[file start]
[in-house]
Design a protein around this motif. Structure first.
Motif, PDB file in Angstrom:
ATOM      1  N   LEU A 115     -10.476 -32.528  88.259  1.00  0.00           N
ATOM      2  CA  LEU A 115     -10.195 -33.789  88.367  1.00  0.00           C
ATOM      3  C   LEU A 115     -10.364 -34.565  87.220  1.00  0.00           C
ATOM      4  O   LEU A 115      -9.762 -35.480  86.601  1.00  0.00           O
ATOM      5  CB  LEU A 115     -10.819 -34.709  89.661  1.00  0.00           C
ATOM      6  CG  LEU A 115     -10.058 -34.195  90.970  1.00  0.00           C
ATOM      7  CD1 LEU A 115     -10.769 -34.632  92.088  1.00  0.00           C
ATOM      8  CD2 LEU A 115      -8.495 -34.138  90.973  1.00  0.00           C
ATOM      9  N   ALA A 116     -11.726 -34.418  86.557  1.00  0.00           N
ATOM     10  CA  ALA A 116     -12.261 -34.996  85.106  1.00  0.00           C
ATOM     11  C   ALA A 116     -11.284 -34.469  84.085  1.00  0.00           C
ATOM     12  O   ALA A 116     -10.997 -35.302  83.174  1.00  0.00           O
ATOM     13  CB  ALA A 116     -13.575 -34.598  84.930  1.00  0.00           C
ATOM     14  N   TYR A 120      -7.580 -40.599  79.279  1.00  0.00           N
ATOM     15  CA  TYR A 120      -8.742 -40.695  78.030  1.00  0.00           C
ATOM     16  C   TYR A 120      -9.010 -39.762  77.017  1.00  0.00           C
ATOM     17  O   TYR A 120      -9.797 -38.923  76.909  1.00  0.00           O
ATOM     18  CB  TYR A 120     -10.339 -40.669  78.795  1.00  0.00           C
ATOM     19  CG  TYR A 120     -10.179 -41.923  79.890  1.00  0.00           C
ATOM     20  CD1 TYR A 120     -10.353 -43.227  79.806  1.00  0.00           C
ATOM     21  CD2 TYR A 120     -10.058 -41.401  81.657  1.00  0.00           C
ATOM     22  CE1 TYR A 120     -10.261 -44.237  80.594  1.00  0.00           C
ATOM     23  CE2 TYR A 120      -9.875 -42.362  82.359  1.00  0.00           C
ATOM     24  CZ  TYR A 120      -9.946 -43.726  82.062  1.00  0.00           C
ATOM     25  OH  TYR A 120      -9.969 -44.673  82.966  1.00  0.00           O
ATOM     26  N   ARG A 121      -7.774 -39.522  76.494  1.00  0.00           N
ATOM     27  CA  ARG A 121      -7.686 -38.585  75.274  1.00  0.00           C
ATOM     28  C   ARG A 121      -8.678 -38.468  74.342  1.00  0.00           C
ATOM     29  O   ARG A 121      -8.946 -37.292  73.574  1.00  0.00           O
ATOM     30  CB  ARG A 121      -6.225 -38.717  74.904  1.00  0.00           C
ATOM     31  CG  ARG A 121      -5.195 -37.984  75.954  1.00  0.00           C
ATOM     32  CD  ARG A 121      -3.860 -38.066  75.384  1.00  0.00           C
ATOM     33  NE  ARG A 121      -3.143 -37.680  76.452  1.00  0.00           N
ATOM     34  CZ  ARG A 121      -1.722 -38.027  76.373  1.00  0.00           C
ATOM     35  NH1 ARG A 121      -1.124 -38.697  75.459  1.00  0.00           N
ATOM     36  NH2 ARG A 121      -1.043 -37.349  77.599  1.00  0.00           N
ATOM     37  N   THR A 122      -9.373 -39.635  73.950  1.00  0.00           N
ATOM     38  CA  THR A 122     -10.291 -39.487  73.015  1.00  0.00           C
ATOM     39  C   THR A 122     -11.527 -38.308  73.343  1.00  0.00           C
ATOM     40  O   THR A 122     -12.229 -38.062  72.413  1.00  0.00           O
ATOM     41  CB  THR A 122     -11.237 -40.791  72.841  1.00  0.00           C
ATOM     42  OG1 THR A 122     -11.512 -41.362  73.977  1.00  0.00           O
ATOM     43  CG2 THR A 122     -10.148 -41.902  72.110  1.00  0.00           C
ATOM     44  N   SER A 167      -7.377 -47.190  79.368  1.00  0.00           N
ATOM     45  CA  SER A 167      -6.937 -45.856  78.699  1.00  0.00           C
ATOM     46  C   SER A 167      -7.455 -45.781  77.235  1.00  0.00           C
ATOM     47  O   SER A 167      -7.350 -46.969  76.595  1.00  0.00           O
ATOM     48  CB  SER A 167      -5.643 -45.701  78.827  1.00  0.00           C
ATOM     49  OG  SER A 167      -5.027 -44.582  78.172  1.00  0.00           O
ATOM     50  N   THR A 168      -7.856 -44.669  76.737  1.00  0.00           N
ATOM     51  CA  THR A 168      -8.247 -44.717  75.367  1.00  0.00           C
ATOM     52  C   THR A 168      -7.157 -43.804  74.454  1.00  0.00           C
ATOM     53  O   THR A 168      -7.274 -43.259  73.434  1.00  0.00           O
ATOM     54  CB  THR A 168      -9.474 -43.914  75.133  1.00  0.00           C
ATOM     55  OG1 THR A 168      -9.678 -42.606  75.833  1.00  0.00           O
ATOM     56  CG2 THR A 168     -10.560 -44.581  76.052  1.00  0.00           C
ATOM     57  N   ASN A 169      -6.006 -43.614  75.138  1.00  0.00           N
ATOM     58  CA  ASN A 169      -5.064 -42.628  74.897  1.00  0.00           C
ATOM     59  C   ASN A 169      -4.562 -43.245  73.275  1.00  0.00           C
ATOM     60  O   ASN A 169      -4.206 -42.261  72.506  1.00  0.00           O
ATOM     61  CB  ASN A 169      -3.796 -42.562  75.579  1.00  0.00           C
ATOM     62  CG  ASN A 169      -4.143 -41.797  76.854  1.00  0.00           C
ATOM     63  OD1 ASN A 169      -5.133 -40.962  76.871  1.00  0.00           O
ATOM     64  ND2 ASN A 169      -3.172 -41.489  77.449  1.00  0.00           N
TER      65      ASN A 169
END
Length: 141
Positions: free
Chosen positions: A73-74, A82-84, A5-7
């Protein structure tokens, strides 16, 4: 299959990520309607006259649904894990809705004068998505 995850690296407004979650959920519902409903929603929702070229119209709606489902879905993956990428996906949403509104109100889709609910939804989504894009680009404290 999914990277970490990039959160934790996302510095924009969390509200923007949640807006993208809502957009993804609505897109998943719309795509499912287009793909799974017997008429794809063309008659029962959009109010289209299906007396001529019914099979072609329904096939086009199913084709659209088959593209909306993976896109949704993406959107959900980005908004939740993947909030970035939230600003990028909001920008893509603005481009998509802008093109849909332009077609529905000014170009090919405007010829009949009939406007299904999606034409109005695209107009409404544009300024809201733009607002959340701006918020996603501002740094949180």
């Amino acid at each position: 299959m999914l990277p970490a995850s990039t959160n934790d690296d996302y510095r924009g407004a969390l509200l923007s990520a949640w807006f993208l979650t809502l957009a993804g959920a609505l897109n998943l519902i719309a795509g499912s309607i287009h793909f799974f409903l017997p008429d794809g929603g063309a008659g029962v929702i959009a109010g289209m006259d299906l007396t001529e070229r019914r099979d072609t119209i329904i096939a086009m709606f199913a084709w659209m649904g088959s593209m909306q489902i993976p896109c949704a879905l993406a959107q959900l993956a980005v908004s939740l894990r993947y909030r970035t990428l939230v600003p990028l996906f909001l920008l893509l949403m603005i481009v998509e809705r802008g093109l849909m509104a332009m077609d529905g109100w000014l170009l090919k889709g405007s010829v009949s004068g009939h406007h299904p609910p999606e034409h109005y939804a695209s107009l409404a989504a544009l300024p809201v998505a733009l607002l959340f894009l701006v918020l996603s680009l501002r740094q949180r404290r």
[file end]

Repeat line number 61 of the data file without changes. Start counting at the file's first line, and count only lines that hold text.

ATOM     58  CA  ASN A 169      -5.064 -42.628  74.897  1.00  0.00           C